I have just got back home from a great three week tour of Kangaroo island, the Great Ocean Road and Tasmania. It was very successful- we have an amazing country with fantastic plants, but it’s nice to get onto home ground again.

Taking time to relax, I took a wander down to the beach, and autumn has delivered some irresistible bush food. The local Dianella caerulea is producing bright blue berries, and after a cautious nibble, I found them sweet and delicious with nutty undertones. With such bright colouring, I wonder if we have found a new home grown super food? This is a useful perennial plant for easy care gardens, and edible berries that are yummy are a real bonus. It is mat forming, so is good for stabilising soils. I hear that the roots can be roasted too, but I prefer not to dig up plants to try it.

Carpobrotus are natural seaside groundcovers. The ripe pods can be an aquired taste for some, with their salty cooked fig tang. Pinch off a nice red pod, and suck the pulp from the broken end to see if you are a fan of the taste

As I arrived home, I was delighted to find that my Austromyrtus berries had ripened while I was away travelling, so I added them to my foraged plate. If you are careful when you eat these lovely berries, you can save the seeds. If you eat on the run, you can spit the seeds into the bush to grow into new plants. Or you can carefully cut the berries open to save the seeds to plant into pots.  The shiny black seeds are from the Dianella, brown seeds are Austromyrtus dulcis seeds in the picture below-

Once your seeds have grown into nice sized plants, create your own future bush food garden. A great way to find the best place to plant your seedlings is to join your local Bush Care group, or the Australian Native Plant Society group in your area.


I love my kangaroo paws. I love their furry flowers that resemble a curled marsupial paw.

I began breeding this wonderful Western Australian native when I was at university, and continue to do so still. The challenge back then was to create plants that look good in the nursery all year round, as well as to increase resistance to ink spot disease. We did this by crossing with the hardy Anigozanthos flavidus, which naturally grows in swampy areas in Western Australia,  with smaller species, creating some brilliant pot specimens. These was a revolution in native plants for gardens. Sadly, some of these container stars didn’t always perform as well in the garden. This led to the impetus to breed some great garden and landscape plants.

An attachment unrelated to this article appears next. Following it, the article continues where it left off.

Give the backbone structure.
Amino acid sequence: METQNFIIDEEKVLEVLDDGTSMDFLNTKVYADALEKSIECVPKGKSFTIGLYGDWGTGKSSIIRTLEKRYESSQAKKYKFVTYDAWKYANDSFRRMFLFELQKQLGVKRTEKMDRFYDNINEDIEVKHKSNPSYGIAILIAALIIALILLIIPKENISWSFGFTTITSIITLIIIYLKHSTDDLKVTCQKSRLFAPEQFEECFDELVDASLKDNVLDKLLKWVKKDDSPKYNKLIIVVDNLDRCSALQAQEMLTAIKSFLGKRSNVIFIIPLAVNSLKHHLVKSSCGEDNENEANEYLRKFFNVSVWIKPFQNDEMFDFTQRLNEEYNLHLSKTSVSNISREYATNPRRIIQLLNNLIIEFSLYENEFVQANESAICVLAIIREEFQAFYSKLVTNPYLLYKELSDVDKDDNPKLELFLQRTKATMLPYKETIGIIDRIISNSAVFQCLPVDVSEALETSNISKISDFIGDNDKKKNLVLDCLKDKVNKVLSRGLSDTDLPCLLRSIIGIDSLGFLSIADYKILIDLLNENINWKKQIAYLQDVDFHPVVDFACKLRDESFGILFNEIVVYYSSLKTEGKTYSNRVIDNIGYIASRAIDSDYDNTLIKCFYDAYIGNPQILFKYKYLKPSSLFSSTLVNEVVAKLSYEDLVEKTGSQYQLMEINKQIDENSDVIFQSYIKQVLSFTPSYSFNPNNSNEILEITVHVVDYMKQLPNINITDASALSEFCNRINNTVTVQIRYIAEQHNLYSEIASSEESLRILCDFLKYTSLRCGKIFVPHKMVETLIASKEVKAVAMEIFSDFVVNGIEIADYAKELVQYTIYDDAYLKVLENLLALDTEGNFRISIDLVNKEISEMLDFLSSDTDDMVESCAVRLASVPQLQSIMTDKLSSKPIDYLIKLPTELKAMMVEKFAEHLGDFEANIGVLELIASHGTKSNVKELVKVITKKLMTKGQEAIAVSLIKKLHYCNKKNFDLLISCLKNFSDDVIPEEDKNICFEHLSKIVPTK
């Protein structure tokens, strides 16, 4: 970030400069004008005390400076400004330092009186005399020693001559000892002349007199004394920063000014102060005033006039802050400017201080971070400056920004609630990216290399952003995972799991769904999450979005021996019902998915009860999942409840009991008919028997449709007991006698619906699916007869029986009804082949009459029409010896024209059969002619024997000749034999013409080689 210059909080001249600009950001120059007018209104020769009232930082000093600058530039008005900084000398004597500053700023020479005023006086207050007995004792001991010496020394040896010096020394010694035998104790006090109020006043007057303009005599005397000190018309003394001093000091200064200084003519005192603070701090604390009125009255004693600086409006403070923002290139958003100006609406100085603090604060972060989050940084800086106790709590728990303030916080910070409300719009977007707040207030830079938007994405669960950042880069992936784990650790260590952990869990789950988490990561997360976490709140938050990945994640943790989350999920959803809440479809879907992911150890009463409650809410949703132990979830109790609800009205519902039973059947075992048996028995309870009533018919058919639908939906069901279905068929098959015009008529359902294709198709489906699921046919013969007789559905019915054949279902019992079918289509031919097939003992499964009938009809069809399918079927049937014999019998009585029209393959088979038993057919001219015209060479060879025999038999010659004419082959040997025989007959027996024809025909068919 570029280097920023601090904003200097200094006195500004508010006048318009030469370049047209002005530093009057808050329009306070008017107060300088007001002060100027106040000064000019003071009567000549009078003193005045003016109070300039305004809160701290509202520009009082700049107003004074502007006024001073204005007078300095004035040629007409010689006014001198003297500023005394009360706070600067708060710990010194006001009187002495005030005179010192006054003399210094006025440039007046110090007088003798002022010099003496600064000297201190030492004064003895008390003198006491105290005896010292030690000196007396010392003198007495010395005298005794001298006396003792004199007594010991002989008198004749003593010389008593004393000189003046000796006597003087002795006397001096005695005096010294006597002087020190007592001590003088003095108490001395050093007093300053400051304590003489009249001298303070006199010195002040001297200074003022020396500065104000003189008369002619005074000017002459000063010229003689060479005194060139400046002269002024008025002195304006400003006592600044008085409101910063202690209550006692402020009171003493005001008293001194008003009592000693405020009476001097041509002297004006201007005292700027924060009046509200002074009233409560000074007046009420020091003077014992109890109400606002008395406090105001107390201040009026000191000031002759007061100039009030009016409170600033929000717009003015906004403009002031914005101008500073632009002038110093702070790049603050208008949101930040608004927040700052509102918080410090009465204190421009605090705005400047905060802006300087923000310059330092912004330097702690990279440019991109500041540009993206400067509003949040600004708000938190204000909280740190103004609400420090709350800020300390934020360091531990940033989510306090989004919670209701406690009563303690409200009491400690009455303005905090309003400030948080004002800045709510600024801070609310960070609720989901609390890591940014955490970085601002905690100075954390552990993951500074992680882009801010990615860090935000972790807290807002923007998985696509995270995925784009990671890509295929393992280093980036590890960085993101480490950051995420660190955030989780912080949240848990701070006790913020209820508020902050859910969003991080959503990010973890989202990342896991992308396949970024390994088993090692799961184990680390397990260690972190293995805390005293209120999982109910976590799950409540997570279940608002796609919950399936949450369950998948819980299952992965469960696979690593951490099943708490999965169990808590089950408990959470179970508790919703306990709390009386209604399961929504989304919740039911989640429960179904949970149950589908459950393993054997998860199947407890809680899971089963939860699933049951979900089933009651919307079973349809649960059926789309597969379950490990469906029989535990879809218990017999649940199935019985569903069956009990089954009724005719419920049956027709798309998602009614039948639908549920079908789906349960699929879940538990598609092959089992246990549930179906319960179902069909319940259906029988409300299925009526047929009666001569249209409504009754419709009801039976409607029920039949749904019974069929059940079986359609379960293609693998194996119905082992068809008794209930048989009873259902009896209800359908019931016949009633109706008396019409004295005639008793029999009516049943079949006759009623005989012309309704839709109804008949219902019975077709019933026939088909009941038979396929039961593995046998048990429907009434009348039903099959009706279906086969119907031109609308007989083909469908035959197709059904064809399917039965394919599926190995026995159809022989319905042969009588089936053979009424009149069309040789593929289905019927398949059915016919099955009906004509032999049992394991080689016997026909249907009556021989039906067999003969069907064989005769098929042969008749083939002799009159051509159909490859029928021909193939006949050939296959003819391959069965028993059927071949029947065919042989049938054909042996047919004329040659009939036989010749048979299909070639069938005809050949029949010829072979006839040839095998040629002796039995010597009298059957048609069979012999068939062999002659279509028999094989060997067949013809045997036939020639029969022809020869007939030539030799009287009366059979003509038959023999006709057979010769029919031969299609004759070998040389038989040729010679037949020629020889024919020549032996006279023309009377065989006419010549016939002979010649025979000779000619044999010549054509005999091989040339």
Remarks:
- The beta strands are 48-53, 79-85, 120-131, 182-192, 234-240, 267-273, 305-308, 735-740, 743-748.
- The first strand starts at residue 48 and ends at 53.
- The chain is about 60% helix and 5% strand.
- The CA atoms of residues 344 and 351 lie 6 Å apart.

I have been breeding and selecting new colours of Anigozanthos flavidus to create a new range of Tall and Tough kangaroo paws, which will be able to tolerate a wider range of conditions. They can grow in a wide range of soil types, and can handle damper soils as well as some shade. Higher light levels will give improved flowering. I have released Landscape Yellow and Landscape Orange already, and am now adding Landscape Lilac and Landscape Lime to the  range. They are fast and vigorous growing plants.

Landscape Lilac is a bushy growing plant with gorgeous pale purple flowers in spring. They are multibranched and attractive to birds, and make great cut flowers.

Landscape Lime has glowing pale green flowers in spring on boofier foliage that forms a good sized clump. The blooms are multibranched, bird attracting and good cut flowers.

All of the Tall and Tough range are easy care plants. Those who got the early newsletters will remember my extreme gardening article, where I took the whipper snipper to an old plant. So, if the foliage on your paws look tired, if extreme weather conditions cause damage, or if there are dying flowers, simply cut them back low to the ground. The underground rhizomes will send up fresh green shoots. A good dose of seaweed based fertiliser at the same time will help the plant.

For more information on cultivating these great plants,  go to my articles on growing kangaroo paws and renew your kangaroo paw